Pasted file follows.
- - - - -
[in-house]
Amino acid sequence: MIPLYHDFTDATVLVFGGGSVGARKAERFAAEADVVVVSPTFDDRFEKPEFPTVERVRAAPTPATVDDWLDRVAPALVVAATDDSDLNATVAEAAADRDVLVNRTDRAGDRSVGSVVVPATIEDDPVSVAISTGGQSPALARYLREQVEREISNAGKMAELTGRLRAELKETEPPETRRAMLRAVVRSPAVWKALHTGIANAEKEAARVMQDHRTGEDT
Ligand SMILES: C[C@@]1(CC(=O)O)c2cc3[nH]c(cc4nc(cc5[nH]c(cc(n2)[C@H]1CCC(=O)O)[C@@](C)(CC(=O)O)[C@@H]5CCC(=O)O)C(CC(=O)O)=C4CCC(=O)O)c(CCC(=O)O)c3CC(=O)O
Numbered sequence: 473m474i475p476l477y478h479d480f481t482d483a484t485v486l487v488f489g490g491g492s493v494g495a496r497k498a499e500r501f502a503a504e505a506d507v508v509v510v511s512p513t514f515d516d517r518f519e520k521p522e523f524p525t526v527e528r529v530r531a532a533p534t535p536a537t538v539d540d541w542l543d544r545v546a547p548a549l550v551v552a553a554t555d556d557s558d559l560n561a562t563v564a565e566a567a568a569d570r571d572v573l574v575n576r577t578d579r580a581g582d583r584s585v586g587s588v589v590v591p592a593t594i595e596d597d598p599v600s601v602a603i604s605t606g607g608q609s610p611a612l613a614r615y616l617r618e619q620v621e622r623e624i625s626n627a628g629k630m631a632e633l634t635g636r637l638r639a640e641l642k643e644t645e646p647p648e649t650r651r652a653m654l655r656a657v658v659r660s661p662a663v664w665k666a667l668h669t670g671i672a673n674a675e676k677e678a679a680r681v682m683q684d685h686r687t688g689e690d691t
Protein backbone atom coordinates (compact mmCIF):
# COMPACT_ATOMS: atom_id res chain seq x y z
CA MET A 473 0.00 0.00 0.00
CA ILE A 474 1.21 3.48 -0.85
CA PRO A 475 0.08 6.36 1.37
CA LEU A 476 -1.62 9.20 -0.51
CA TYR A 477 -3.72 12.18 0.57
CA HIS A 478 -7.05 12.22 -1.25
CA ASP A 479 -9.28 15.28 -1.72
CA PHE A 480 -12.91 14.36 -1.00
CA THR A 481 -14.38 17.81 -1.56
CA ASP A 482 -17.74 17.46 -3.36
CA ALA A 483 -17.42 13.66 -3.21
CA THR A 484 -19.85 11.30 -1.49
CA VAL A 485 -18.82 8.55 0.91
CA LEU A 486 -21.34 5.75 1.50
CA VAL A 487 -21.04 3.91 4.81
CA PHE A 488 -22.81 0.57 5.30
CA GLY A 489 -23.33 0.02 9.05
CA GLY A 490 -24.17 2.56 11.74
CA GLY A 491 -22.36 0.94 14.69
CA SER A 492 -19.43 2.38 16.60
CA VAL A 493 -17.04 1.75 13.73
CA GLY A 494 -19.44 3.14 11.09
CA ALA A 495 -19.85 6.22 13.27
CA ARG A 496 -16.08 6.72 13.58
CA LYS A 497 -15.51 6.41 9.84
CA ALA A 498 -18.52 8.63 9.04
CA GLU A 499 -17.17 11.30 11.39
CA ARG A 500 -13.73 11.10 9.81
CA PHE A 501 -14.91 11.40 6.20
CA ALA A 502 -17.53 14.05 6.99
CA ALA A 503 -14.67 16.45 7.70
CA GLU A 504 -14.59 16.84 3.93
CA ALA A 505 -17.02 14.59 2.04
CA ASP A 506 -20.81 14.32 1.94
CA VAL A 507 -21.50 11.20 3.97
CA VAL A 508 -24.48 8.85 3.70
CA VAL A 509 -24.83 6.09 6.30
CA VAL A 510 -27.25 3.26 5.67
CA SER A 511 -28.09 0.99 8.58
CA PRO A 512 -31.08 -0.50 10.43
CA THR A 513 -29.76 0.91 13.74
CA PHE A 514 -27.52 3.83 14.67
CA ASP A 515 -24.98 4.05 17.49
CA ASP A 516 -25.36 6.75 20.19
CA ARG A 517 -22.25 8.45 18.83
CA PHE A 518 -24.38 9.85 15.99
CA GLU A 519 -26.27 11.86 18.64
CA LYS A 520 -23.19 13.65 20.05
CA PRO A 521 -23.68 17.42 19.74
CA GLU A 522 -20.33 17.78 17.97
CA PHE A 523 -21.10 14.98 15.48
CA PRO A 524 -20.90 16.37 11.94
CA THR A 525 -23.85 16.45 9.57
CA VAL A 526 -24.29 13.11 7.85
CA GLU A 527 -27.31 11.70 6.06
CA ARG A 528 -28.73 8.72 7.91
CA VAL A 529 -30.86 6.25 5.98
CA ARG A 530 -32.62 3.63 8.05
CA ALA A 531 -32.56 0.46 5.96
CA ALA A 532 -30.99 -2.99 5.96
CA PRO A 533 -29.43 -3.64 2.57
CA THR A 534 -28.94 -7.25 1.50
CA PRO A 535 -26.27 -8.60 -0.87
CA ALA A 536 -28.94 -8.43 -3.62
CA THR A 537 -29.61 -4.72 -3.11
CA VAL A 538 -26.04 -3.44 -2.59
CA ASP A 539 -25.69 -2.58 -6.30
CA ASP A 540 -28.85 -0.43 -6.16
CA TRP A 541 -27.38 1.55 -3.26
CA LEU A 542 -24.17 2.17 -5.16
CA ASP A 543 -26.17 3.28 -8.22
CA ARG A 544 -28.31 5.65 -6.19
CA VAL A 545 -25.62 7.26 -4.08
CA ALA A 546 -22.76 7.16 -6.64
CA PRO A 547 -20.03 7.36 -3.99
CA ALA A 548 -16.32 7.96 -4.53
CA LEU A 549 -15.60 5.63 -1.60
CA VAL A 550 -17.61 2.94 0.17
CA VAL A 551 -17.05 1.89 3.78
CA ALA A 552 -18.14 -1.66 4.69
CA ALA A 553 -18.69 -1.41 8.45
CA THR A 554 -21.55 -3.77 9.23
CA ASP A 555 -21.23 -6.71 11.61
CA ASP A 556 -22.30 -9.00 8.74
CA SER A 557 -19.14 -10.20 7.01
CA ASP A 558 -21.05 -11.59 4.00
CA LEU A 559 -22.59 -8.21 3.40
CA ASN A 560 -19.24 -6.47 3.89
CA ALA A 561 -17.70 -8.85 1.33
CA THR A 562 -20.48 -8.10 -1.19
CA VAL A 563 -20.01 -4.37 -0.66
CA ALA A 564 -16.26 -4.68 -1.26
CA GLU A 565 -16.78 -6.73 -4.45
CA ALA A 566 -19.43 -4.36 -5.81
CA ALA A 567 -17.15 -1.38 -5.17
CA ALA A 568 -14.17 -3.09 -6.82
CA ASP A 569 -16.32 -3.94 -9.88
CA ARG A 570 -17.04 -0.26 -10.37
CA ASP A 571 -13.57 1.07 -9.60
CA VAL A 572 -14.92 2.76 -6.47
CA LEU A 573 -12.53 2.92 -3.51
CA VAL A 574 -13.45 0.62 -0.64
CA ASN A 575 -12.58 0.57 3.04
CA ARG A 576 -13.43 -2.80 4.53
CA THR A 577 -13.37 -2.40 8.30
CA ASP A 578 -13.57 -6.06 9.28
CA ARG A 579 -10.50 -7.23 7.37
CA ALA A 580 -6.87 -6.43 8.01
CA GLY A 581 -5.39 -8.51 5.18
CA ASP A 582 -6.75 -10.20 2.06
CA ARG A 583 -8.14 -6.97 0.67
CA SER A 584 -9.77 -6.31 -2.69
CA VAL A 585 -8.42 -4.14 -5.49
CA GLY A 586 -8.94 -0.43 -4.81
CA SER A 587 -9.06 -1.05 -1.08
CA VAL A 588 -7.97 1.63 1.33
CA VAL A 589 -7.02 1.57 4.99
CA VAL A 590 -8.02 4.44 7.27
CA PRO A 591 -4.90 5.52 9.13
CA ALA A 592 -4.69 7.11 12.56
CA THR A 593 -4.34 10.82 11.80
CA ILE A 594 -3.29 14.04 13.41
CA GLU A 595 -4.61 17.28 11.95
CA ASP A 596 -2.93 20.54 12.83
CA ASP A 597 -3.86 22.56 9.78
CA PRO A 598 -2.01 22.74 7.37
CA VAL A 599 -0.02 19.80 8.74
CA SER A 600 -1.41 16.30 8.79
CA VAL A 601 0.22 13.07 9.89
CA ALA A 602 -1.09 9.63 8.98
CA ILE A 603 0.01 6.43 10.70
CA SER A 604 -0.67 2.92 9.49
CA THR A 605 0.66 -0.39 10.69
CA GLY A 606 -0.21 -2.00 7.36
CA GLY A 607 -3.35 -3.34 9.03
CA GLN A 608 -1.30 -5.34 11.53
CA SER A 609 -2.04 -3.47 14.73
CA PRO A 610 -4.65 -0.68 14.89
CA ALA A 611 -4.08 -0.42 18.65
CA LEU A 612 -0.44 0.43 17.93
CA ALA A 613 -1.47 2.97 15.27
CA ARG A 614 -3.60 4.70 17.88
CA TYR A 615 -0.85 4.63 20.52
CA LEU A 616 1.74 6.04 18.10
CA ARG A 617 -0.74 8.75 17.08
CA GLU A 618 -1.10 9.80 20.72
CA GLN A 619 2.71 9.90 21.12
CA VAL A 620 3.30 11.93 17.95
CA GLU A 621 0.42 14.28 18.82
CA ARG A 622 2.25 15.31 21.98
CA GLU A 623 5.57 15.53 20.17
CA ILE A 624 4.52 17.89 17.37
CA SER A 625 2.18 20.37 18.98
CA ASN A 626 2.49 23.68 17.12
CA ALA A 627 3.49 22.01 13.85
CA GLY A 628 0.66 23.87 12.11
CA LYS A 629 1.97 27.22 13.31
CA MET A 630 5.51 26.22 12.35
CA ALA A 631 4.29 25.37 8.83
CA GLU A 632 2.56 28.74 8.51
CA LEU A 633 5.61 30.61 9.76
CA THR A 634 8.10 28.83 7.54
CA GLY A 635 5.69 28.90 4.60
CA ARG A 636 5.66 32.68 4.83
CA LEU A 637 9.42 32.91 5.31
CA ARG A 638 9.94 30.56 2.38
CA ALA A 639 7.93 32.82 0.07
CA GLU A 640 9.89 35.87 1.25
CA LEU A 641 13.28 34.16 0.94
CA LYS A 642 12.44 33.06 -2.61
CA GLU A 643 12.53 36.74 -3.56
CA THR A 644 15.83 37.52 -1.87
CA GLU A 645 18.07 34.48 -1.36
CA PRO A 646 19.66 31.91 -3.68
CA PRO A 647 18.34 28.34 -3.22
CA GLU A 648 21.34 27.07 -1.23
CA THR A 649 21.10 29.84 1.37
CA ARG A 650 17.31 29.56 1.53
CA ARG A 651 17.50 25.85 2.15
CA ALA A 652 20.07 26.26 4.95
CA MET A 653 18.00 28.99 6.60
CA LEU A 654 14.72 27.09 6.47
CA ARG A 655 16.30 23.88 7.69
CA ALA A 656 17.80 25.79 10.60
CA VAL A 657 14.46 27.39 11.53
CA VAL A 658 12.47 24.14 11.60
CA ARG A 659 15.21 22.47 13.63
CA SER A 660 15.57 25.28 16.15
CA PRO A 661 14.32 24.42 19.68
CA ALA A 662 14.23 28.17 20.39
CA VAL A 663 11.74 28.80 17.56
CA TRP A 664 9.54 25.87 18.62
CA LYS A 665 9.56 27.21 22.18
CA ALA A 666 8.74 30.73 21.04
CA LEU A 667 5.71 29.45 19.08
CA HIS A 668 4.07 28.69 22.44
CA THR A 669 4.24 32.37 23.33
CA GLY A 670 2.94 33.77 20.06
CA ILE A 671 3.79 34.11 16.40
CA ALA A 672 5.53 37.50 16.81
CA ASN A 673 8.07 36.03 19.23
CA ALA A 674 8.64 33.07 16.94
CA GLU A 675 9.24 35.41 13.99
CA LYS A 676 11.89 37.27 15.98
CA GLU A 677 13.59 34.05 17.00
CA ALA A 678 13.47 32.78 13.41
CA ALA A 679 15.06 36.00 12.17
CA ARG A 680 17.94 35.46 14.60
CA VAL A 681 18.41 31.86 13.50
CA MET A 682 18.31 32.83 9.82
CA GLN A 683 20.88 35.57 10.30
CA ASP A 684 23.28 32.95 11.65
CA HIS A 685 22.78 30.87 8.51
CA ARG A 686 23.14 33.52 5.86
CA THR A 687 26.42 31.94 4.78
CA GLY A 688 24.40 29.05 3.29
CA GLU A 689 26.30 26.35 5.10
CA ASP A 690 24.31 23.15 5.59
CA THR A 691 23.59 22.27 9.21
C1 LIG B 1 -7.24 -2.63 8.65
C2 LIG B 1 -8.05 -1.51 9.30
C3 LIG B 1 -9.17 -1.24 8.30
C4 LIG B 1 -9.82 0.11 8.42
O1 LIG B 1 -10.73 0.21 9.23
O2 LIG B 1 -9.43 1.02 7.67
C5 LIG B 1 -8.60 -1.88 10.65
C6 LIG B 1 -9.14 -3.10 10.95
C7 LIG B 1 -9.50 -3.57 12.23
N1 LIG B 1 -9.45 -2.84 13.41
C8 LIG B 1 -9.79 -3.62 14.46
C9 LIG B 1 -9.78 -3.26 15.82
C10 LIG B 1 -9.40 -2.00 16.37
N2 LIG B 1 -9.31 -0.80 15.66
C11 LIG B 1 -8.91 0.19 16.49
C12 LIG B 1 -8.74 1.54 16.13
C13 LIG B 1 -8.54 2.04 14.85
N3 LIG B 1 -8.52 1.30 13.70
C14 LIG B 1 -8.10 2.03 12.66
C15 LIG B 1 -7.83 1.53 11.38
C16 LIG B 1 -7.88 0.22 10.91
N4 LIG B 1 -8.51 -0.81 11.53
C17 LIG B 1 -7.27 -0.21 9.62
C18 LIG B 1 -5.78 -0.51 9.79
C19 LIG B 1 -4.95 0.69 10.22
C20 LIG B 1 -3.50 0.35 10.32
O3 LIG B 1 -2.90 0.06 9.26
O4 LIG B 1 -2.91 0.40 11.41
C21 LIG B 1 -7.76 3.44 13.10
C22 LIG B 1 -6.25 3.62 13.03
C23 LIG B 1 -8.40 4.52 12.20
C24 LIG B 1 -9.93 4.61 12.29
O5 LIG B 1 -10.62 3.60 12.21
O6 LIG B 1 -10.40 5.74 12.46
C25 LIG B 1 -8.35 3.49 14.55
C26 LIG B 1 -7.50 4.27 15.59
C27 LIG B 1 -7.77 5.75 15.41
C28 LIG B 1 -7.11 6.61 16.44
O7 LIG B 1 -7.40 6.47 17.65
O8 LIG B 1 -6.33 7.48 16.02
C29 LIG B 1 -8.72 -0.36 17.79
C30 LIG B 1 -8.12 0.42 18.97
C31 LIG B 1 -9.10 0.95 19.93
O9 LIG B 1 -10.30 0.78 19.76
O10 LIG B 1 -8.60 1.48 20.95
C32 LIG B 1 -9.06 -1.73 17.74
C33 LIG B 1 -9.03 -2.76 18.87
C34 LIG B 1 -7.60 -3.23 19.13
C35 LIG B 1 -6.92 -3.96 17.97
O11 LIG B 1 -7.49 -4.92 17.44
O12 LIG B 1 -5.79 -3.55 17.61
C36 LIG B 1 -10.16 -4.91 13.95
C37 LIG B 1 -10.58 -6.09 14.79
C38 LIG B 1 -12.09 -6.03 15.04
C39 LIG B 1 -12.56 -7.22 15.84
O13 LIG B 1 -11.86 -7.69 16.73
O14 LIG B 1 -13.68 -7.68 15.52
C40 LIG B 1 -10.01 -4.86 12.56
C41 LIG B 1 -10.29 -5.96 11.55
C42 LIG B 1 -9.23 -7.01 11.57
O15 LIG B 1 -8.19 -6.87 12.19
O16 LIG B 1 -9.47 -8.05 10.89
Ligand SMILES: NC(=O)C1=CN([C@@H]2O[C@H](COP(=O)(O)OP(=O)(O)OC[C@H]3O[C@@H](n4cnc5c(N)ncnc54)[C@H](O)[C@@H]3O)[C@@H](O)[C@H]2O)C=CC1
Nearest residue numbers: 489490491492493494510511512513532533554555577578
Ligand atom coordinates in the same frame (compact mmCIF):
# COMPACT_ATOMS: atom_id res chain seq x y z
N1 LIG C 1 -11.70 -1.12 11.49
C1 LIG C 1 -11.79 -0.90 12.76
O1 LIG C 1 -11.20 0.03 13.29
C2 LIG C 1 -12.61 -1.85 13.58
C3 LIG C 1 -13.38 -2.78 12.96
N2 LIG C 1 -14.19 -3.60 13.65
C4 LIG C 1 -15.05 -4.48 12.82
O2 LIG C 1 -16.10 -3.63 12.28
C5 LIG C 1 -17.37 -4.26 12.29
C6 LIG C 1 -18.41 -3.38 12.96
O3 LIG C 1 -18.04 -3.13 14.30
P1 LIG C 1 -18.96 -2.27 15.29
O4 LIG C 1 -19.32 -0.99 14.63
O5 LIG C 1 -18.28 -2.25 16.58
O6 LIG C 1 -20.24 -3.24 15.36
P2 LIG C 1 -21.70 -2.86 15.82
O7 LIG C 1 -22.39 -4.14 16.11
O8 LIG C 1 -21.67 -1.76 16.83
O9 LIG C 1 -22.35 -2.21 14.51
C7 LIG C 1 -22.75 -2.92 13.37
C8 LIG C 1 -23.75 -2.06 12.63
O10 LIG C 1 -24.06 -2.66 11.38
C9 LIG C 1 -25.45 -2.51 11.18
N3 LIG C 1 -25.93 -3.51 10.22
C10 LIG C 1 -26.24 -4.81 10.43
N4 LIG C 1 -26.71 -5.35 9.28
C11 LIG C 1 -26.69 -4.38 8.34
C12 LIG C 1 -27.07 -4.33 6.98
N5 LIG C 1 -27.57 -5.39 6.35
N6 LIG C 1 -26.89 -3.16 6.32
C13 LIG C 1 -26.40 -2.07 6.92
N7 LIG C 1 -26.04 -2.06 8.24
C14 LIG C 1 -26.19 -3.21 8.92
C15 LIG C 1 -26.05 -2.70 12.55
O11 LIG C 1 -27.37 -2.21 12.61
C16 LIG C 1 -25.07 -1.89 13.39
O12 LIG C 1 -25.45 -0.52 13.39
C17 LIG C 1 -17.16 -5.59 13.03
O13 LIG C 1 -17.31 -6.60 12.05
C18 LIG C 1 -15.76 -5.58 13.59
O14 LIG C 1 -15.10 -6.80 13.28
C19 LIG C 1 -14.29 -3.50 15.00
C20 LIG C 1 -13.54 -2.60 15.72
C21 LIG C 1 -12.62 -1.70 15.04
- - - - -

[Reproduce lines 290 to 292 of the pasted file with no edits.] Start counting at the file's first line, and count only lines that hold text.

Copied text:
Ligand atom coordinates in the same frame (compact mmCIF):
# COMPACT_ATOMS: atom_id res chain seq x y z
N1 LIG C 1 -11.70 -1.12 11.49